U.S. job growth still slow, but IT outlook improving


The latest Employment Situation Summary popped up this morning (April 4, 2014) on the U.S. Bureau of Labor Statistics (US-BLS) web pages. It not only shows decent job growth for March 2014, at a total of 192,000 new jobs added, it also revises job numbers upwards for the two preceding months, with  a bump of 15,000 jobs for January 2014 (from 129,000 to 144,000 jobs) and 22,000 for February (from 175,000 to 197,000 jobs).

This might seem like cause for celebration, but there's a dark lining to this apparently silver cloud — namely, the need for 300,000 or more new jobs per month, to start chipping away at the number of long-term unemployed persons in the U.S. Currently, the long-term unemployed represent about one-third of our total unemployed population. We also didn't see much of a drop in overall unemployment by percentage, which stands unchanged from last month at 6.7 percent.

The problem is that current growth levels are only keeping up with population growth — in other words, we're creating enough jobs to soak up new entrants into the workforce, but not enough to start making a dent in the 3.7 million people that the U.S.-BLS recognizes as constituting what it calls "long-term unemployed (those jobless for 27 weeks or more)." With job growth at 300,000 per month, for example, it would still take over three years for that excess of unemployed people to be re-absorbed into the workforce.

In follow-up discussions on the situation this morning on NPR, (Mark Memmot, "Jobless Claims Rose Last Week," "Jobless Rate Holds Steady as Employers Add 192,000 Jobs") the radio news network's John Ydstie indicated that factors contributing to the uptick included better weather, which had more people working than in the months of December, January and February, all of which featured colder-than-average winter temperatures throughout most of the USA.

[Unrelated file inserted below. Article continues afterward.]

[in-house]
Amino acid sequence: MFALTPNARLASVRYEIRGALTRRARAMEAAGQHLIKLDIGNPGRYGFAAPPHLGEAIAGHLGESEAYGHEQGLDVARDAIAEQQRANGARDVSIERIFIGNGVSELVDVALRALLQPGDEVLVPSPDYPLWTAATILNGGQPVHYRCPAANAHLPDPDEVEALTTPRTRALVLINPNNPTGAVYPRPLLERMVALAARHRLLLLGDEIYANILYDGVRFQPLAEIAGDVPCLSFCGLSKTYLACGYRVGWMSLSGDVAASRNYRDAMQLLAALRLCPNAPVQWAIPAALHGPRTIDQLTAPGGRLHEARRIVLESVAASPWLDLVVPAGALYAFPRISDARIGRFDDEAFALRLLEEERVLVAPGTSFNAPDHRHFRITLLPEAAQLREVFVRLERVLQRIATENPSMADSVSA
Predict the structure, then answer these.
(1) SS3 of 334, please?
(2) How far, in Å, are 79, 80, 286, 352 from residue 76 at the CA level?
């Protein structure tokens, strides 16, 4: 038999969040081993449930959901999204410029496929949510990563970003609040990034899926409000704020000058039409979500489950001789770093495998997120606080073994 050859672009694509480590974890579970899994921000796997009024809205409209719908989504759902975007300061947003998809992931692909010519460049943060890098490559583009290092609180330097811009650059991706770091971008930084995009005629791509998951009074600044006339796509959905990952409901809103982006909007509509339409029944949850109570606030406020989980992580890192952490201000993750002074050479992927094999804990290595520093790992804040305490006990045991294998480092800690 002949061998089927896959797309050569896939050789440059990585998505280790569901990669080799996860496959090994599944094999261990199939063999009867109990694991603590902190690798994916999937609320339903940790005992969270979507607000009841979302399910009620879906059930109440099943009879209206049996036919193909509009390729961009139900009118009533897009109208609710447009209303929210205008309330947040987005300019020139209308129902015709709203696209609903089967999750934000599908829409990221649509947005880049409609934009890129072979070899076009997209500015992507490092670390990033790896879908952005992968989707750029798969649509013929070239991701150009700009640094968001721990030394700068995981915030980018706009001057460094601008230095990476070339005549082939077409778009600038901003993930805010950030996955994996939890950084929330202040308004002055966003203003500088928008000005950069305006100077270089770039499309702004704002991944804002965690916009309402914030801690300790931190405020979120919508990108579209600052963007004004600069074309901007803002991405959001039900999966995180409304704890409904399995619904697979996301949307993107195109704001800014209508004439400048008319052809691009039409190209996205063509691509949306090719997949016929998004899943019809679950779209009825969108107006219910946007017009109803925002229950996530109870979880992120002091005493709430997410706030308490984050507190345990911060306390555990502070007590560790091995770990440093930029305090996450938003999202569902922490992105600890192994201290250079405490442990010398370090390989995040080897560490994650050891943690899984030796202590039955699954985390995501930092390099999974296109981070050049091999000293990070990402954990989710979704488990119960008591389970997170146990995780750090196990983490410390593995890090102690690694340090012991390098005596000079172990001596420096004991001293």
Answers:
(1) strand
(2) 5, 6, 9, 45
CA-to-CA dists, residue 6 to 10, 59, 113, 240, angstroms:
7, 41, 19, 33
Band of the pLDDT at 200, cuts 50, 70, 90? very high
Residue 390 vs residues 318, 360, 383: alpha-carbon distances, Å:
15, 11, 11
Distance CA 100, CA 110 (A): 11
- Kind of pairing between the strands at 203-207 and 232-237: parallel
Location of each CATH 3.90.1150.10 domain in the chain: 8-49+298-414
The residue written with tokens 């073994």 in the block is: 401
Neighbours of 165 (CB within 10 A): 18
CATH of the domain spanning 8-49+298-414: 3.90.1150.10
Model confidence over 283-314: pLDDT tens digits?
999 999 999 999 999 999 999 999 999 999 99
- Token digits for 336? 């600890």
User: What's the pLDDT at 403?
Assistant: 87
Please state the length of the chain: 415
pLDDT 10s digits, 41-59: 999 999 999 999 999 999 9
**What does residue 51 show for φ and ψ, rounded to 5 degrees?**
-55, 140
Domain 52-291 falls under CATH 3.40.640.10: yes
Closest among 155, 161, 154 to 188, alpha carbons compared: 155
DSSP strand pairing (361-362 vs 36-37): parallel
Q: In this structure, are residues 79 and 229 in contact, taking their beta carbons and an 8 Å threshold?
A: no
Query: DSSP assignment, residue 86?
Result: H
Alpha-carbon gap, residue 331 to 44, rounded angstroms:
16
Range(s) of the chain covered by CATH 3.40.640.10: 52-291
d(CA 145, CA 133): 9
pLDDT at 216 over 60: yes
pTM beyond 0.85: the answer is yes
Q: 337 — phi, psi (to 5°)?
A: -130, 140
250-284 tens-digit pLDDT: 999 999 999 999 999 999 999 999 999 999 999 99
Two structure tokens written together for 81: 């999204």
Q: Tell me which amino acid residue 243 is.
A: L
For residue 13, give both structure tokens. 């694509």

Table A-14 of the latest report also shows some subtle but encouraging news for the "Information" heading under "Industry and class of worker," where most working IT professionals are likely to be counted. Although the absolute number of unemployed Information workers is up for March 2014 versus March 2013 (161,000 for 2014 as compared to 145,000 for 2013), the percentage of unemployed information workers went down from March 2013 to March 2014.

That indicates that the total number of workers in Information professions stood at around 3.37 million in 2013, and at around 3.83 million in 2014. That indicates an increase in overall IT jobs available to workers of around 450,000 during that one-year period. That's a pretty nice number indeed, and shows improving fortunes for the Information sector overall.

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About the Author

Ed Tittel is a 30-plus-year computer industry veteran who's worked as a software developer, technical marketer, consultant, author, and researcher. Author of many books and articles, Ed also writes on certification topics for Tech Target, ComputerWorld and Win10.Guru. Check out his website at www.edtittel.com, where he also blogs daily on Windows 10 and 11 topics.